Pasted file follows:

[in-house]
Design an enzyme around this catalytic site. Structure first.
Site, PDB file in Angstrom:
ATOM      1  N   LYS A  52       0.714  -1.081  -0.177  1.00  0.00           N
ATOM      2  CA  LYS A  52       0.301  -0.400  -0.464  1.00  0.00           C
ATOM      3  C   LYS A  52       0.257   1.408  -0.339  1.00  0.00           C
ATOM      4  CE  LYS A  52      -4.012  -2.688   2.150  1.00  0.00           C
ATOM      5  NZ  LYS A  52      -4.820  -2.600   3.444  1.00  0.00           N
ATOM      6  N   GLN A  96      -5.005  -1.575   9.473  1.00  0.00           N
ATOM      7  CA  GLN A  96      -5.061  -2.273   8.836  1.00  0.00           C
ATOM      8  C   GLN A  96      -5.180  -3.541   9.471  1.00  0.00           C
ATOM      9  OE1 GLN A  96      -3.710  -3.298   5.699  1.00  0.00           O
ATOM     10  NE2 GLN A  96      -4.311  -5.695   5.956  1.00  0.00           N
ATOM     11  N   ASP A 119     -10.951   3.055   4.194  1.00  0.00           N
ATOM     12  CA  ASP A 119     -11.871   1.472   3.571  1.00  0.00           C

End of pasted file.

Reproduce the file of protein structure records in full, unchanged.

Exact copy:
[in-house]
Design an enzyme around this catalytic site. Structure first.
Site, PDB file in Angstrom:
ATOM      1  N   LYS A  52       0.714  -1.081  -0.177  1.00  0.00           N
ATOM      2  CA  LYS A  52       0.301  -0.400  -0.464  1.00  0.00           C
ATOM      3  C   LYS A  52       0.257   1.408  -0.339  1.00  0.00           C
ATOM      4  CE  LYS A  52      -4.012  -2.688   2.150  1.00  0.00           C
ATOM      5  NZ  LYS A  52      -4.820  -2.600   3.444  1.00  0.00           N
ATOM      6  N   GLN A  96      -5.005  -1.575   9.473  1.00  0.00           N
ATOM      7  CA  GLN A  96      -5.061  -2.273   8.836  1.00  0.00           C
ATOM      8  C   GLN A  96      -5.180  -3.541   9.471  1.00  0.00           C
ATOM      9  OE1 GLN A  96      -3.710  -3.298   5.699  1.00  0.00           O
ATOM     10  NE2 GLN A  96      -4.311  -5.695   5.956  1.00  0.00           N
ATOM     11  N   ASP A 119     -10.951   3.055   4.194  1.00  0.00           N
ATOM     12  CA  ASP A 119     -11.871   1.472   3.571  1.00  0.00           C